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Could a law demolish fast fashion?

19 April 2024 On the Research side
Published by Patrick BOUILLET
Viewed 34 times

Sihem Dekhili (ESSCA) and Mohamed Akli Achabou (IPAG) are members of ESSCA's MECE Institute - Ethical Fashion and Ecological Consumption.

The recent adoption of a law to regulate what has come to be known as fast fashion is part of a long history of relations between fashion, commerce and legislation.

The international institutional framework has played an essential role in this sector. While the World Trade Organization (WTO) now plays an important role in promoting sustainability, it has also contributed significantly to the creation of a globalized fashion system.

Indeed, the abolition of the Multi-Fiber Agreement (MFA) by this organization in 2005 opened the door for fashion brands to the many opportunities offered by Asian markets and economies: cheap labor and raw materials, very low or even non-existent environmental, social and health standards... giving rise to fast fashion.

Faced with the consequences of this globalization of textile production, several governments are attempting to react by adopting legislation to better regulate industry practices. On March 14, for example, the French National Assembly adopted a bill to introduce a bonus-malus system to discourage the unreasonable consumption of fast-fashion products. Its effectiveness is far from assured, however, and requires strong consumer support.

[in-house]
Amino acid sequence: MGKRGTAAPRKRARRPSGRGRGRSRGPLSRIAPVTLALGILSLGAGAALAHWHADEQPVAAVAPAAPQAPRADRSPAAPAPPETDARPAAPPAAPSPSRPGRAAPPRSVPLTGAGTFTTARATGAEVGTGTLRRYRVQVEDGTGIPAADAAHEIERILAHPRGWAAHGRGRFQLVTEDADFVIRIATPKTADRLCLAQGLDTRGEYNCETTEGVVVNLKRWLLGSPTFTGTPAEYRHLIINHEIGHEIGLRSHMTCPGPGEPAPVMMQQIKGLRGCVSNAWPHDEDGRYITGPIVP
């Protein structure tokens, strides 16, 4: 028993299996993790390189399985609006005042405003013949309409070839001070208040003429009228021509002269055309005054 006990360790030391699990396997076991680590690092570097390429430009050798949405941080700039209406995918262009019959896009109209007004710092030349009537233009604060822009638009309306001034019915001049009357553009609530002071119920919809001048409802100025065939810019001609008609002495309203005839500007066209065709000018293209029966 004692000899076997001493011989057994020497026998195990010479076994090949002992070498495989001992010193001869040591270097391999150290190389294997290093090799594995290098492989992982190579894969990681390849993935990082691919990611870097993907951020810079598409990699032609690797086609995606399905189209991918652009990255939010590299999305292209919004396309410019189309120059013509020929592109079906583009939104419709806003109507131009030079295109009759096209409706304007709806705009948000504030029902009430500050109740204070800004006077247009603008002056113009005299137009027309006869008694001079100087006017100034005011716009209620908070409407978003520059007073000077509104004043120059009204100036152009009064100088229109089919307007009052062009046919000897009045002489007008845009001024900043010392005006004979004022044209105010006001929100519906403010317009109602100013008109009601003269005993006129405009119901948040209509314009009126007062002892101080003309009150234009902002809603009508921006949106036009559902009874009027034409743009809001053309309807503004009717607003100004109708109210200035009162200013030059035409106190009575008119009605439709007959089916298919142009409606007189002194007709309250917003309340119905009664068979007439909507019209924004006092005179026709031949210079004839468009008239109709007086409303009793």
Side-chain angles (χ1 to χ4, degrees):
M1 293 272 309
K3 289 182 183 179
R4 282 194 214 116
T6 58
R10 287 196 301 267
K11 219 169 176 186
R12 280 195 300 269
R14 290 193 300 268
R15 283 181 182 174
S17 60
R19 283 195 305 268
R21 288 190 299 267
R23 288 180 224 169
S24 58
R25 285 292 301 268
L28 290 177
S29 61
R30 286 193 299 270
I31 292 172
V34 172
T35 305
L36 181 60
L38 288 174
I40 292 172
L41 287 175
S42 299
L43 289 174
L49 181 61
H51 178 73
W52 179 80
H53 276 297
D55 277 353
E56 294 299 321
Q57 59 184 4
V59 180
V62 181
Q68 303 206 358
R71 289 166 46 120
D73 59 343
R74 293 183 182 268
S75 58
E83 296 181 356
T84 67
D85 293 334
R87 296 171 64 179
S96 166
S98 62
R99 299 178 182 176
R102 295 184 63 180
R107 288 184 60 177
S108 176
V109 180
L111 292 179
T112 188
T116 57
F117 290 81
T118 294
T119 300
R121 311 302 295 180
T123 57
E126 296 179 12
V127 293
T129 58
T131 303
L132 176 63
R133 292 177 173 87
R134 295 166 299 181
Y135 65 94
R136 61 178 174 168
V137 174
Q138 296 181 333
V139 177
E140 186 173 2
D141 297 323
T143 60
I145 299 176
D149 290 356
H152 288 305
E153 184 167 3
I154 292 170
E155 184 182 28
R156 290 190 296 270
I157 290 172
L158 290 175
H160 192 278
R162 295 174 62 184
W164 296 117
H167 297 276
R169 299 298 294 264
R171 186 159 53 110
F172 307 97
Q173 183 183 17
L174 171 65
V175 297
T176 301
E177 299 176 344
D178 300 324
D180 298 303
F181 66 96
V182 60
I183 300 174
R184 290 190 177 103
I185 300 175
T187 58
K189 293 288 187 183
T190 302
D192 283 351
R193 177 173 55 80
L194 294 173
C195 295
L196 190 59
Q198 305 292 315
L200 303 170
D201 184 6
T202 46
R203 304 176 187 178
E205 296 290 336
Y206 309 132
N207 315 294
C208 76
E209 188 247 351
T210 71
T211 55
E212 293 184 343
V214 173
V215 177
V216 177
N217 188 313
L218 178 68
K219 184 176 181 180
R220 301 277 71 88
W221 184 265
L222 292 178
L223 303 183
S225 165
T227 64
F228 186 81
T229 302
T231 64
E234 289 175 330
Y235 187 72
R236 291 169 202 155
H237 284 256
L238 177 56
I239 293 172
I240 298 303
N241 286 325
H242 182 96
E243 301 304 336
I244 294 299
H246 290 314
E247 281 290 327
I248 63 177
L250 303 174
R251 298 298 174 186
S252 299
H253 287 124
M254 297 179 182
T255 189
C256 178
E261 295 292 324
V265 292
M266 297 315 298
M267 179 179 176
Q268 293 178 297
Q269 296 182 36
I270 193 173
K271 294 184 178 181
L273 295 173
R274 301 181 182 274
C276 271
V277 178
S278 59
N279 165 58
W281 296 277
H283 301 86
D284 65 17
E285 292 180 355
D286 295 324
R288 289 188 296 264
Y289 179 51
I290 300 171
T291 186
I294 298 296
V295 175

A quick detour into economic theory sheds light on the issues at stake. 24 years ago, Douglass North, winner of the Nobel Prize in Economics, emphasized the key role of institutions. According to him, the societies that get richer are those that develop institutions to ensure that the market functions at its best. But, by promoting improved living standards and lifestyles, this enrichment is not without environmental and social consequences.

The Stiglitz Commission (another Nobel Prize winner!) concluded in 2008 that growth in consumer goods and GDP were no longer sufficient to measure well-being over time, particularly in its economic, environmental and social dimensions.

Institutions such as ADEME in France were created to address these new concerns.

This recognition of environmental and social issues was first manifested at international level. The founding text of the Declaration of the Stockholm Conference on the Human Environment, held in June 1972 at the initiative of the United Nations General Assembly, was strongly inspired by the concept of ecodevelopment.

For its part, the World Trade Organization (WTO) is very committed to achieving the United Nations' 2030 Agenda for Sustainable Development.

Demystifying ephemeral fashion

In recent years, in response to the harmful environmental and social consequences of this industry, a number of national and international institutional initiatives have been launched. In the United States, for example, a bill, the " Fashion Sustainability and Social Accountability Act " or " Fashion Act ", was passed in 2022.

Among other things, it requires fashion brands with sales of over $100 million and operating in New York to map at least 50% of their supply chain, to present the climate impact of their activities and to disclose the median wages of workers. While the project has been heralded as historic, it has also been the subject of criticism.

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